Here’s the situation. The City is under Act 47 supervision as well as a state appointed special oversight board as a result of years of undisciplined spending. Pittsburgh’s most pressing financial problems include its 70 percent unfunded pensions, high levels of debt, and excessive workers’ compensation obligations. The cause of these problems is traceable directly to the City’s costs being far out of line with comparably sized cities—35 percent higher than our benchmark city—along with its years of excessive deference to union employees. Further, the City’s schools are preposterously expensive at $20,000 per pupil and are perennially serious underperformers in terms of academic achievement. Not a recipe for attracting or keeping residents or businesses.

And what have Pittsburgh elected officials and civic leaders offered as solutions to deal with this financial mess? In short, more government subsidized development, more and higher taxes, new sports facilities for the City and new and more expensive programs for the schools including the recently introduced Pittsburgh Promise Program that is designed to keep City residents from leaving the public schools. And why do they recommend these solutions that fail to work? Briefly put, there appears to be a total reluctance to say what really needs to be done let alone actually recommend doing it. Little wonder. The Paul O’Neill led 1996 study that made several meaningful reform recommendations and cost saving suggestions was met with a polite but cynical “thank you” from the Mayor and Council and apparently got scant support from the corporate elite.

There can be no doubt about what must happen if Pittsburgh is ever going to make the strides necessary to right its fiscal ship. Spending must be reined in, government employment must be reduced, Act 111 has to be reformed to bring balance to police and fire labor negotiations, and tax rates must be lowered. These are hard and require bold political action that challenges the very core of the City’s political power structure. Obviously this is difficult and fraught with possible negative consequences in terms of political animosity toward those advocating these reforms. Nonetheless, unless and until a powerful leadership group finally decides to tackle the problem head on, the City will likely never shed the policies that straitjacket private sector growth and produce continued population declines.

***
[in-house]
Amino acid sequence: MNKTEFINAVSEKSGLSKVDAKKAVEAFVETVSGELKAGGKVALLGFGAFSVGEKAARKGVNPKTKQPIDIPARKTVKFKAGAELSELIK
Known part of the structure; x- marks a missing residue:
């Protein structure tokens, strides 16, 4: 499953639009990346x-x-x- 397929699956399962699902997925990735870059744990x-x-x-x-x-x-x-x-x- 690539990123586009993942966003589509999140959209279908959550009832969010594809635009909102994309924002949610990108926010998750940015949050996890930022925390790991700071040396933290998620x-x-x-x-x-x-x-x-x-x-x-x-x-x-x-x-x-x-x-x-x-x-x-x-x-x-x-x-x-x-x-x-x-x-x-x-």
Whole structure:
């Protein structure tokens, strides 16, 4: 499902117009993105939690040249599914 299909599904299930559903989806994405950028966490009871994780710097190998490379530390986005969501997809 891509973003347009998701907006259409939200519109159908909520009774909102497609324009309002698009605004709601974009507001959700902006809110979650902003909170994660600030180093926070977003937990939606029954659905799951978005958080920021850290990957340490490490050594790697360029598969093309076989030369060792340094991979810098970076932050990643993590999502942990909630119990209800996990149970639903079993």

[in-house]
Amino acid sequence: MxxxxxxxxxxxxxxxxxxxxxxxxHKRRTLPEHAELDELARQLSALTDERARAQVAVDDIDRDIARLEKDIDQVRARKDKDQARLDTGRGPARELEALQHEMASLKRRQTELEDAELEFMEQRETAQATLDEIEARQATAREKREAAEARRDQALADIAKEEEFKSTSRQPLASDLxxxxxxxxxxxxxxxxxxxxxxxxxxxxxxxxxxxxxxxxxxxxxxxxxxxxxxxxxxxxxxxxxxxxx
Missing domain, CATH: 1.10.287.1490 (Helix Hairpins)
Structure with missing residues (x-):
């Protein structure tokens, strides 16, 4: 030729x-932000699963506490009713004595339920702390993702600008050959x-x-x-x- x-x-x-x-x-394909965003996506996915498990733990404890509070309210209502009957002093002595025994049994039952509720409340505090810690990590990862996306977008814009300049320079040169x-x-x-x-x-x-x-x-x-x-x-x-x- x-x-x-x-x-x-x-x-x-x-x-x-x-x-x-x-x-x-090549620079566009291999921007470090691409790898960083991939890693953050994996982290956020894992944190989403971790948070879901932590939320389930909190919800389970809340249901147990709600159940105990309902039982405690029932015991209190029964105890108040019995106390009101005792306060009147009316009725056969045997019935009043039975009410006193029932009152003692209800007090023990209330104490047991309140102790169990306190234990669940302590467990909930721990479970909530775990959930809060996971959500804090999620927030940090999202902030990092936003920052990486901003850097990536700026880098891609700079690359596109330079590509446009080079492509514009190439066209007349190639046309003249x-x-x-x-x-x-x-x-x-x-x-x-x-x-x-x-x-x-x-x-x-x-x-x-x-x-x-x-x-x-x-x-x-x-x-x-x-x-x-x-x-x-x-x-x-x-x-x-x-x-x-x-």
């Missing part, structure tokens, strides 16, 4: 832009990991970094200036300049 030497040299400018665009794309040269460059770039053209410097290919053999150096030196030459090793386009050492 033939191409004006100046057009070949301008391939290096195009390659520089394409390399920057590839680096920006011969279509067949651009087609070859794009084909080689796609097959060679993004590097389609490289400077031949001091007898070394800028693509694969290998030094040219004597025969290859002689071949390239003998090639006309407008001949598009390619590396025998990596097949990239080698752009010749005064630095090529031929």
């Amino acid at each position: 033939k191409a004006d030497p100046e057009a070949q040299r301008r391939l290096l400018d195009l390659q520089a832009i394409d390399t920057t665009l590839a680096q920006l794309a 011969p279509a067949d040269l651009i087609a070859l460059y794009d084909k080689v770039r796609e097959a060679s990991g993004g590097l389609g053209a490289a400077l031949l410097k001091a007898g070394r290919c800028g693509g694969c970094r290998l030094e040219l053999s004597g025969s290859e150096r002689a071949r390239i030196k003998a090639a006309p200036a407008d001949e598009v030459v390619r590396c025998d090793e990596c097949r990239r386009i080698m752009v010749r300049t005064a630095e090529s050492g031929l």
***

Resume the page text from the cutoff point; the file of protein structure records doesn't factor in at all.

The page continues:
But rather than push an agenda of meaningful reforms and policy changes, the approach has been to temporize endlessly by working for initiatives that stay away from directly attacking the problem and can be sold as fostering economic development, improving education, broadening the tax base, etc, etc. The next time an elite civic leadership group recommends school choice as a way to actually improve education will be the first time. Ditto reforming Act 111 or calling for an end to prevailing wage laws.

And thus we come to the basic reason the political, academic and civic elites in Pittsburgh are pushing the City-County merger. It is easier to recommend, advocate and support the merger even though it stands almost no chance of being approved by voters or passing constitutional muster than to tell the City it needs to adopt strict spending controls, abandon top down development policies and encourage real choice options in Pittsburgh’s schools. And not only tell them the change is needed but work hard to see the reforms implemented. For the most part, past efforts can be described as enabling and implicitly condoning bad fiscal management by Pittsburgh’s elected officials.

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Jake Haulk, Ph.D., President